5 Things Happy Couples Don’t Do (CLASSIC)

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As a therapist, I work with a lot of unhappy couples.

And one of the most surprising things I’ve observed over the years is this:

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Creating a happy relationship is often about what you do less of, not more of.

Unhappy couples are usually stuck in a pattern of negative habits. From hypercriticism and sarcasm and to avoiding difficult conversations, the subtle habits we fall into as couples can slowly ruin a relationship despite our best intentions.

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Read also: 3 habits that slow down aging significantly

But remember this:

If a habit that can be learned it can also be unleared.

What follows are four of the most common habits that lead to unhappy relationships. Learn from them and make your own relationship happier.

1. Gossiping About Your Partner

If you asked 1,000 people whether or not they gossiped about their partner, only a handful would say yes. But that’s only because most people don’t realize that they’re doing it.

In reality, it’s surprisingly easy to end up gossiping about your partner:

Chatting with your best friend about that insensitive comment your husband made at dinner last night.
Complaining to your buddies about how your wife spends too much time with her mother.
Venting to your coworkers about how lazy and unresponsive your boyfriend is.
Now, these might seem innocent enough on the surface, but the long-term effects are serious:

Gossiping about your relationship kills trust.

Think about it from your partner’s perspective:

How would you feel knowing that every time you and your partner had a fight, he called his mother and told her all about it?
How would you feel if each time your spouse was upset with you, she vented to three of her best friends — meaning they had a running history of your marital difficulties?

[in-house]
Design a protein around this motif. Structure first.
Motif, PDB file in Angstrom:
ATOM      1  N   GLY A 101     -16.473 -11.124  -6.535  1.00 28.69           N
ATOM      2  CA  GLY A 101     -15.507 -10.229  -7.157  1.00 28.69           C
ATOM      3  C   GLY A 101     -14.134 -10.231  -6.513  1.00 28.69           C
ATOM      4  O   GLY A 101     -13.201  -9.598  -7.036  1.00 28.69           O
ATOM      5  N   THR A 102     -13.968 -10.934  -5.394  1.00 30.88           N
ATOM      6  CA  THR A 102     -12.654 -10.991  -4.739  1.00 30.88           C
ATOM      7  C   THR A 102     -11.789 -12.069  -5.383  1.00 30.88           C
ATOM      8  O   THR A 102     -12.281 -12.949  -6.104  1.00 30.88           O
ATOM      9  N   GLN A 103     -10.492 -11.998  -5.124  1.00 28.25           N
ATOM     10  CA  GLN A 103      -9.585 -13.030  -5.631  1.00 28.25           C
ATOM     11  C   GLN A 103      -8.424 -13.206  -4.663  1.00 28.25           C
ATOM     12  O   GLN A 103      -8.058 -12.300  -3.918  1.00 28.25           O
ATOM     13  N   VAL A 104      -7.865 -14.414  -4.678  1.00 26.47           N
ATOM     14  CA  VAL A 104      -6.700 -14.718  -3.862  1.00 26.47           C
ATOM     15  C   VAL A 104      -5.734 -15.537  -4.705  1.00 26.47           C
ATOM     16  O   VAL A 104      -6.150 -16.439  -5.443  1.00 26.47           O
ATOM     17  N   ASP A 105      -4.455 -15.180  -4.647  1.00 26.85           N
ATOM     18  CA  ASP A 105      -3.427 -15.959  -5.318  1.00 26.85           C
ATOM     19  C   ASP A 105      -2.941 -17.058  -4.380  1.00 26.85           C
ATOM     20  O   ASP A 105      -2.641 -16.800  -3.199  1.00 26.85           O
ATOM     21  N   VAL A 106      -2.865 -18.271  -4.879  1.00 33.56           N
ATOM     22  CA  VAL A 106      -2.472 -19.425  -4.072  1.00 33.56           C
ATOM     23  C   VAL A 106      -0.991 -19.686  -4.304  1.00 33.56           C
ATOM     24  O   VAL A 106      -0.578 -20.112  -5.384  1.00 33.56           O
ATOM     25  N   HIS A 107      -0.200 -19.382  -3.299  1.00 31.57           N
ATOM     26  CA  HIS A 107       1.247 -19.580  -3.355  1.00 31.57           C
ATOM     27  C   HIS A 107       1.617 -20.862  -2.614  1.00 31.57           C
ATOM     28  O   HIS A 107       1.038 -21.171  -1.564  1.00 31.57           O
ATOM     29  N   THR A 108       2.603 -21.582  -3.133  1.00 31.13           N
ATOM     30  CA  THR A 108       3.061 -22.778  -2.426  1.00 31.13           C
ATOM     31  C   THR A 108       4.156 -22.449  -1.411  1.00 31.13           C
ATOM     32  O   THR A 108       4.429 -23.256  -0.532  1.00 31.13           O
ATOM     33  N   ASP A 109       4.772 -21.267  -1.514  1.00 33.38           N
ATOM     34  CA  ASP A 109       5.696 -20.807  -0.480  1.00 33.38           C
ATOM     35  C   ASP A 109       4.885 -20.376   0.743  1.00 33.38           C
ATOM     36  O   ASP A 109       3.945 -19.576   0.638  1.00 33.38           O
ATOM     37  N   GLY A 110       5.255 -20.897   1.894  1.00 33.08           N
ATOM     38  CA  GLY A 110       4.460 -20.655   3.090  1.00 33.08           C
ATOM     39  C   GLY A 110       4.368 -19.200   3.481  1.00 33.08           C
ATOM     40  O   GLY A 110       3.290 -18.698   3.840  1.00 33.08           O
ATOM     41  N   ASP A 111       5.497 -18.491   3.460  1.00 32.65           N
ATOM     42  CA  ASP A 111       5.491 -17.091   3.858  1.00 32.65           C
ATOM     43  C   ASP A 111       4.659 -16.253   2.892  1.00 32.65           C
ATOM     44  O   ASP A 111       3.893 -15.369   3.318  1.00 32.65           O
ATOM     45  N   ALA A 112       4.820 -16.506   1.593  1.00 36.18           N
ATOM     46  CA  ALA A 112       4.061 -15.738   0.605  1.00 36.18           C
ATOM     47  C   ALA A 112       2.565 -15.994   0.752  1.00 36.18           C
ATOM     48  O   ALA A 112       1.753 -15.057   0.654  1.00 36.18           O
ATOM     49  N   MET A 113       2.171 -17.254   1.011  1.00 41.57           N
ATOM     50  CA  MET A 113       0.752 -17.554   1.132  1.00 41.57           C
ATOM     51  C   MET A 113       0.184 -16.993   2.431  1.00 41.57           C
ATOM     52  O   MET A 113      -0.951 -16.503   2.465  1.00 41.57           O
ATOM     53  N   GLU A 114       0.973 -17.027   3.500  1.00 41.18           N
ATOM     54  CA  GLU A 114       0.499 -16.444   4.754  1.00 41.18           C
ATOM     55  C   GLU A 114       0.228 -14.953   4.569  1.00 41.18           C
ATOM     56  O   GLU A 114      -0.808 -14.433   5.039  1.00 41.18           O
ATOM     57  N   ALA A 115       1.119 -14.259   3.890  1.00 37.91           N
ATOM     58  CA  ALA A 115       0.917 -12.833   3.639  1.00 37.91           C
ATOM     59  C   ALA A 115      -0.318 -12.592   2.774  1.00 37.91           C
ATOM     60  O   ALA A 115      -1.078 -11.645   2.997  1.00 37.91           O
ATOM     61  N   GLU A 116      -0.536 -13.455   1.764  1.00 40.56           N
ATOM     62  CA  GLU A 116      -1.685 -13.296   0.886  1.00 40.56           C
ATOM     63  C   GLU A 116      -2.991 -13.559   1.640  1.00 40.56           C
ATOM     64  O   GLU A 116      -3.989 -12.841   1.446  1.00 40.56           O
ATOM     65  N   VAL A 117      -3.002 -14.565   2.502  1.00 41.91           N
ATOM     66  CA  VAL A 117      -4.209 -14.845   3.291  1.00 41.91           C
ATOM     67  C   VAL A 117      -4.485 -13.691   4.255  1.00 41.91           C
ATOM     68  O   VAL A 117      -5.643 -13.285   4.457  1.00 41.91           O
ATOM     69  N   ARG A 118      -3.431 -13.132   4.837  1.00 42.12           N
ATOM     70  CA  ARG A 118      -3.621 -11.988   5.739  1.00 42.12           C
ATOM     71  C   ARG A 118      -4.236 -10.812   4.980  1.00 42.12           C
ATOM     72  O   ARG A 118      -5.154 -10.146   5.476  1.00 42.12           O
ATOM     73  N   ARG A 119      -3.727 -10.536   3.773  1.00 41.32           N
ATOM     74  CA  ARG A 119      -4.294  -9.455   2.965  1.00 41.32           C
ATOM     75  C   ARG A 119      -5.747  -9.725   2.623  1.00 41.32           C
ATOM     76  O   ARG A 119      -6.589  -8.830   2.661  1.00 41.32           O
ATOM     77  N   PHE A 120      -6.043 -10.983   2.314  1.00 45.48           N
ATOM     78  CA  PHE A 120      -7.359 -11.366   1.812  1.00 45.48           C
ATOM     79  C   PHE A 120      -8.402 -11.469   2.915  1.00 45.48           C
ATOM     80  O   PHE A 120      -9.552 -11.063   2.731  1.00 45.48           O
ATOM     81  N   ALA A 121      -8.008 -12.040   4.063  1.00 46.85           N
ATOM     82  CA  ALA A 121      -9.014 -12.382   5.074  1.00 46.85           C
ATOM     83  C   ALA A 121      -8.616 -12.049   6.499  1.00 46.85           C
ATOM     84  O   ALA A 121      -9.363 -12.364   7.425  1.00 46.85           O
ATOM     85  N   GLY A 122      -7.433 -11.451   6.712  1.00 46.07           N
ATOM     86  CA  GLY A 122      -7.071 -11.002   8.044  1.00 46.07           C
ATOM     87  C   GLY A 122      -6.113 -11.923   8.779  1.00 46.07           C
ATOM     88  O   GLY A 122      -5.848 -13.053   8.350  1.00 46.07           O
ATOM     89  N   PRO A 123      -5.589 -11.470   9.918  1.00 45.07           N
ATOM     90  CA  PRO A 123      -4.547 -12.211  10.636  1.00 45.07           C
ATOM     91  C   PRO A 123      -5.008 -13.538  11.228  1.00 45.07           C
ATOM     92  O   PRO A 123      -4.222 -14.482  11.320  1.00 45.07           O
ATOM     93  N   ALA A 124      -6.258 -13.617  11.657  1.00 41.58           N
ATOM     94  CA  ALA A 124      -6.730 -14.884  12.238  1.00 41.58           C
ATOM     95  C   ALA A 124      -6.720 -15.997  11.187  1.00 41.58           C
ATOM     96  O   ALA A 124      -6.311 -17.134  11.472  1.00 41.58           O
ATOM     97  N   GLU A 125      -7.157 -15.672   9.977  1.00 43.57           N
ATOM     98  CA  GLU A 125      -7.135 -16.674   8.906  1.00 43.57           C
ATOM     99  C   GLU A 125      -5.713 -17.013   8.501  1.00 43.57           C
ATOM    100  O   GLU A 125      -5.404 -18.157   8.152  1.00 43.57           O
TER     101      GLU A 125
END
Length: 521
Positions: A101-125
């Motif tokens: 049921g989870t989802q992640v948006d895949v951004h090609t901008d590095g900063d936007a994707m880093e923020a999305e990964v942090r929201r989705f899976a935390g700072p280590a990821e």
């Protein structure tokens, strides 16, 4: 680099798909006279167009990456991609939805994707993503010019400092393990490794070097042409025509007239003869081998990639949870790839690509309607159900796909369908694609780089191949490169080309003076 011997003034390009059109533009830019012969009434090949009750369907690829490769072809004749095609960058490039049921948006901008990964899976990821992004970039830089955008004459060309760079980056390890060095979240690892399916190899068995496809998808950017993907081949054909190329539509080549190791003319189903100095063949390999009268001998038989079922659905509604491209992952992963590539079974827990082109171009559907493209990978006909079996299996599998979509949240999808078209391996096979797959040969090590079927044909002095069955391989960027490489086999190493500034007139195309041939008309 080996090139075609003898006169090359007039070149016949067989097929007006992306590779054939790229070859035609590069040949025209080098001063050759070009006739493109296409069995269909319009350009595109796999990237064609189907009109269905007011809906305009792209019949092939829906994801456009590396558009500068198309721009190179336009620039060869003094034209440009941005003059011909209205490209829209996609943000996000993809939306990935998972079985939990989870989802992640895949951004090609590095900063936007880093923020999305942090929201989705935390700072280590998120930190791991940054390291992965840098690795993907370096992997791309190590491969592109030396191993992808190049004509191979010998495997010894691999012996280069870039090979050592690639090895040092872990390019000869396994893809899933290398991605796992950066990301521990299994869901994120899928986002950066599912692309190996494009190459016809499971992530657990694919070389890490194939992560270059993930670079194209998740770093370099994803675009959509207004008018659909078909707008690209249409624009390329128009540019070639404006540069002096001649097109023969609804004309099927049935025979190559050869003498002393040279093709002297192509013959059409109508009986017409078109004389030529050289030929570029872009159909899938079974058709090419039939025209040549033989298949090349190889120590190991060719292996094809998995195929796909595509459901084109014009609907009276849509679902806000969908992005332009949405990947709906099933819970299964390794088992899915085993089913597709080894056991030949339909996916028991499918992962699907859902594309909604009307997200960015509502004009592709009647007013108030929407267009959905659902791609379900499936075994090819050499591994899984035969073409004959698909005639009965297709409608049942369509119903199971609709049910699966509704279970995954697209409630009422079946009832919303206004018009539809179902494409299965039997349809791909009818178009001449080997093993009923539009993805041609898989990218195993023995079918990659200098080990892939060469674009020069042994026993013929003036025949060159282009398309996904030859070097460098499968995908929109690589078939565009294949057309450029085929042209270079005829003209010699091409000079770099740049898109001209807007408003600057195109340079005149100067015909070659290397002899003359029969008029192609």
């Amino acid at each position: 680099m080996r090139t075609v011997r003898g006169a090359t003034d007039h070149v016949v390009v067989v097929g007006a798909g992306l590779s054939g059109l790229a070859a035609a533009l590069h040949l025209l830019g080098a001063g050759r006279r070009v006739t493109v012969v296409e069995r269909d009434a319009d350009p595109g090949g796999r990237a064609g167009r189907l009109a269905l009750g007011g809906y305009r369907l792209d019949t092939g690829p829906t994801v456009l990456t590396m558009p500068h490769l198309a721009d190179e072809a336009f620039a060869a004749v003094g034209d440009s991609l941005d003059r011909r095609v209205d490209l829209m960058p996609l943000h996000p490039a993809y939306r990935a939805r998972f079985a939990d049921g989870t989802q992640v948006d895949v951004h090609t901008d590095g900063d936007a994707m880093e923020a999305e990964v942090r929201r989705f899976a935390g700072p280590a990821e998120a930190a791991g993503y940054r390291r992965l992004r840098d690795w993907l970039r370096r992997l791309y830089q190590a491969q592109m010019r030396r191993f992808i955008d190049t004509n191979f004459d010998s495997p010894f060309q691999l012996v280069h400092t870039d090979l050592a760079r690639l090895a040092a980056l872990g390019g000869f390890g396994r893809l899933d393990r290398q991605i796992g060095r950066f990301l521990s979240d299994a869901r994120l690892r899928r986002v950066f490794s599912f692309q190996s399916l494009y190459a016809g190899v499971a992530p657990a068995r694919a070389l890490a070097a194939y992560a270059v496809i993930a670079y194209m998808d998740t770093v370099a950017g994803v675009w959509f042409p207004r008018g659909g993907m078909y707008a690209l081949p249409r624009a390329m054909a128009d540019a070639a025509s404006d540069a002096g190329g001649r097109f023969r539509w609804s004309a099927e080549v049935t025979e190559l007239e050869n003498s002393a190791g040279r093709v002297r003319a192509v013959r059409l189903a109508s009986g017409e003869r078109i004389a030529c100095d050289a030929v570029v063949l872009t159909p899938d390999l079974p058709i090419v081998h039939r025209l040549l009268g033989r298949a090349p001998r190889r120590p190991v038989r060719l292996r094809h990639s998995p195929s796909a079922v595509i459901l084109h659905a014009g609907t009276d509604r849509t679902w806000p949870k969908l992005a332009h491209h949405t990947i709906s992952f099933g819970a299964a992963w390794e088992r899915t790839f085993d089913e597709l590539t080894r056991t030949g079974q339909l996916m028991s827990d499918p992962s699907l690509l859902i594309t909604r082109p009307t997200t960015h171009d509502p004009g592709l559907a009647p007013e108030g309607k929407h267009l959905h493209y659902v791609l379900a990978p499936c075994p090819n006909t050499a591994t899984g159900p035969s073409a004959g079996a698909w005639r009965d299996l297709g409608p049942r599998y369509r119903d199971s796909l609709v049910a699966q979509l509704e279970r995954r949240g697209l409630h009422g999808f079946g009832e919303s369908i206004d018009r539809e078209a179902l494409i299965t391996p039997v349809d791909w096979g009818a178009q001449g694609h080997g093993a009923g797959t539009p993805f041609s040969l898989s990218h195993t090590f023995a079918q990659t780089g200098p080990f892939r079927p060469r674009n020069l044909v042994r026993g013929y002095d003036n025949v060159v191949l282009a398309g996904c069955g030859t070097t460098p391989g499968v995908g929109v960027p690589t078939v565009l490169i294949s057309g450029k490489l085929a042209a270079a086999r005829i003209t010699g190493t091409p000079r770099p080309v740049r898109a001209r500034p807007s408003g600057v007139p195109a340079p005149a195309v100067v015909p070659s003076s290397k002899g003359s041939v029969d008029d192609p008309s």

If your partner can’t trust that sensitive information will stay within the relationship they’ll eventually stop telling you.

And this is a quick path to losing intimacy in your relationship.

On the other hand, most genuinely happy couples have exceptionally good boundaries when it comes to talking about their relationship with others:

As a rule, they just don’t talk about relationship issues outside of their relationship.
If they do feel the need to, they check with their partner first and explain the rationale and the limits to those conversations.
Here’s the thing: happy couples tend to be happy precisely because both people are emotionally mature enough to be able to receive criticism from each other. And when this is the case, you don’t need to vent to friends, complain to your parents, or do any of the other forms of gossiping about your partner.

When you and your partner are a real team, you can work out almost anything together.

2. Keeping Score in the Relationship

My therapy clients often tell me about how they did something that annoyed or upset their partner or spouse.

But almost in the same breath, they follow that up with a detailed report of how it shouldn’t be that big of a deal because there were three previous occasions in the last month when their partner did the same thing to them.

This kind of relationship score-keeping is unhelpful, for sure. But it suggests a deeper problem in the relationship: you don’t trust each other.